This program is aimed at applying the power of mathematics to solve practical problems. Behind every modern technology there is a history of conceptual mathematical developments, for example, the foundations of computer science, data compression and Google’s ranking system. The relevance of mathematical reasoning in modern life is invaluable.
- Three or four year degree
- Full or part-time program
- You can enter this program directly from high school
- You can begin this program off-campus
What you will learn
You will learn how to use mathematics to analyze and solve problems arising in other subject areas such as computer science, engineering, business, science and industry. In addition, you will develop and use mathematical models, which are widely used to help solve real world problems in areas such as population dynamics, biological modelling and financial mathematics.
A first-year schedule sample
This degree program is flexible and offers you the opportunity to take courses in many different subject areas. Here’s what a typical first-year schedule might look like:
|MATH 110 or MATH 176a||Calculus I or Advanced Calculus I (for students with Calc 30)|
|MATH 164a||Introduction to Linear Algebra|
|CMPT 141a||Introduction to Computer Science|
|HIST 155b||History Matters Science and Environment|
|INDG 107c||Introduction to Canadian Indigenous Studies|
|MATH 116 or MATH 177a||Calculus II or Advanced Calculus II|
|CMPT 145a||Principles of Computer Science|
|ENG 114b||Literature and Composition Reading Culture|
|PSY 120d||Biological and Cognitive Bases of Psychology|
|ASTR 113d||Introduction to Stellar Astronomy|
a Required course for the major.
b One of the course options to complete the English Language Writing Requirement
c One of the course options to complete the Indigenous Learning Requirement
d One of the course options which may be used in the Breadth or Cognate Requirements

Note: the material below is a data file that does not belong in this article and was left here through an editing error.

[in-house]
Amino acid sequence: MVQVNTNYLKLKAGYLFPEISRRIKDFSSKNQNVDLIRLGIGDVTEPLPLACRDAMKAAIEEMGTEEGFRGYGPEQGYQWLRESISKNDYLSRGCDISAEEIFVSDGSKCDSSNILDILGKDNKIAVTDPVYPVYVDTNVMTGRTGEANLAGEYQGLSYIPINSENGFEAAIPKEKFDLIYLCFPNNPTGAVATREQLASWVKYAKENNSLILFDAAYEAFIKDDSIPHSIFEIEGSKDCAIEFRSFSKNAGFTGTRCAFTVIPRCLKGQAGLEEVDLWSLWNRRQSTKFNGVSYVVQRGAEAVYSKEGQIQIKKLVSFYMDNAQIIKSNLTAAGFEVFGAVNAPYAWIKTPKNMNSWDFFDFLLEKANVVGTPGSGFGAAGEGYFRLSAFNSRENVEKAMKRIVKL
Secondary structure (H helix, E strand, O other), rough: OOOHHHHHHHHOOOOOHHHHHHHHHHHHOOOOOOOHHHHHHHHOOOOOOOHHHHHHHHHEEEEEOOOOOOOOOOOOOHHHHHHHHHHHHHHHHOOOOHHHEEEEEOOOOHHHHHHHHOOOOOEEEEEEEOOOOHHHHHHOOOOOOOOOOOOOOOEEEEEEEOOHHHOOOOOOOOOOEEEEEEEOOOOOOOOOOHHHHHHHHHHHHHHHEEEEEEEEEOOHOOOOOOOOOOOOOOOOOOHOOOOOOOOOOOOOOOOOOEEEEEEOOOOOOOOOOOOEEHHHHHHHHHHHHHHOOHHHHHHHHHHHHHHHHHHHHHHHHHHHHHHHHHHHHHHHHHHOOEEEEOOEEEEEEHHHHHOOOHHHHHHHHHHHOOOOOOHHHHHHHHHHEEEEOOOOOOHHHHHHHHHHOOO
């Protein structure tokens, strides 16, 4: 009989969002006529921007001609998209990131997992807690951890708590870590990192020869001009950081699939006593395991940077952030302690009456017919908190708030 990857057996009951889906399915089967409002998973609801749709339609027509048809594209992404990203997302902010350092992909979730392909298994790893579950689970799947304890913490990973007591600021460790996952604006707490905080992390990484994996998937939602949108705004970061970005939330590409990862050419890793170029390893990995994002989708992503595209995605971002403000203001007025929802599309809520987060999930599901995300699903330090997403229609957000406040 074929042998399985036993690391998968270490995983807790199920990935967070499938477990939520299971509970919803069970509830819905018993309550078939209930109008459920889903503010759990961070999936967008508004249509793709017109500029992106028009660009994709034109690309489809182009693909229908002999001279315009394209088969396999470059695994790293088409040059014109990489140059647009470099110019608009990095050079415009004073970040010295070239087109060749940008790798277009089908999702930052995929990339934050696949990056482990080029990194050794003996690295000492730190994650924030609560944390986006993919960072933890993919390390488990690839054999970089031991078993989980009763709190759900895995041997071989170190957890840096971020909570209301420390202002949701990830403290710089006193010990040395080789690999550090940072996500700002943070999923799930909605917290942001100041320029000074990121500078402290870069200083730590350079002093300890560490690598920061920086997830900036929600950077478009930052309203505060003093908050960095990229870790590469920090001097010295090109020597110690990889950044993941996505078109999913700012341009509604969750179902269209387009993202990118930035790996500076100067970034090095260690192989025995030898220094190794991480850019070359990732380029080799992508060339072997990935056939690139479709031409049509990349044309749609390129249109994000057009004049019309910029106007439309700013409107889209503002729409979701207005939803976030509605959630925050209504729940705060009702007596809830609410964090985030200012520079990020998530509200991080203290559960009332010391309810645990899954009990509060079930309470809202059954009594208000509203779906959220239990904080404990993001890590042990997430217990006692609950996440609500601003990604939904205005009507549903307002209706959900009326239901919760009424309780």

The Course and Program Catalogue has the complete and official listing of required classes and their descriptions for this program.
MATH 211: Numerical Analysis I
An introductory course. Topics include errors, solutions of linear and non-linear equations, interpolation, numerical integration, solutions of ordinary differential equations.
MATH 336: Mathematical Modelling I
The course is designed to teach students how to apply Mathematics by formulating, analyzing and criticizing models arising in real-world situations. An important aspect in modelling a problem is to choose an appropriate set of mathematical methods - 'tools' - in which to formulate the problem mathematically. In most cases a problem can be categorized into one of three types, namely: continuous, discrete, and probabilistic. The course will consist of an introduction to mathematical modelling through examples of these three basic modelling types.
MATH 465: Introduction to Cryptography
Presents a thorough introduction to the mathematical foundations of cryptography. Results from number theory and algebra and how they are used for the safe transmission of information are studied. Various security protocols, the mathematical principles needed for them, and the mathematical principles used in possible attacks are examined.
You will have the opportunity to interact with researchers in Mathematics and Statistics and will be introduced to the national and international mathematical science community. The Department participates annually in undergraduate mathematical competitions that develop skills and expose students to situations with no classroom counterpart.
Upper year classes have excellent student-professor ratios; this allows for direct interaction and creates an excellent learning environment.
In the age of computers, sophisticated technology and scientific progress many jobs require a sophisticated knowledge of Mathematics.
Some career opportunities include:
- Applied mathematician in industry
- Teaching: university professor or high-school teacher
- Financial consultant at a major world bank or a stock brokerage
- Consultant in government departments
- Actuarial science (insurance and pensions)
- Transportation systems, air traffic data
- Communications scheduling
- Modeling: social, economic, agricultural, urban
- Survey and market research
|Canadian students||International students|
Tuition will vary depending on the type and number of classes you take in a year. This estimate reflects a typical amount you could expect to pay in your first year if you enroll in a full course load, the maximum number of courses allowed (2021-2022 Canadian dollar rates).
Fees are used to fund specific student benefits, including health, vision and dental coverage, a bus pass, recreational programs and fitness centre access.
The cost of books and supplies varies widely depending on the courses you choose. It is recommended that you budget between $1,500-$2,500 per year.
These Bachelor of Science (B.Sc.) Applied Mathematics degrees are offered by the University of Saskatchewan's College of Arts and Science:
You should consult with an academic advisor in the college when you begin your studies to decide if you want a four-year, three-year or honours degree.
Admission requirements and deadlines
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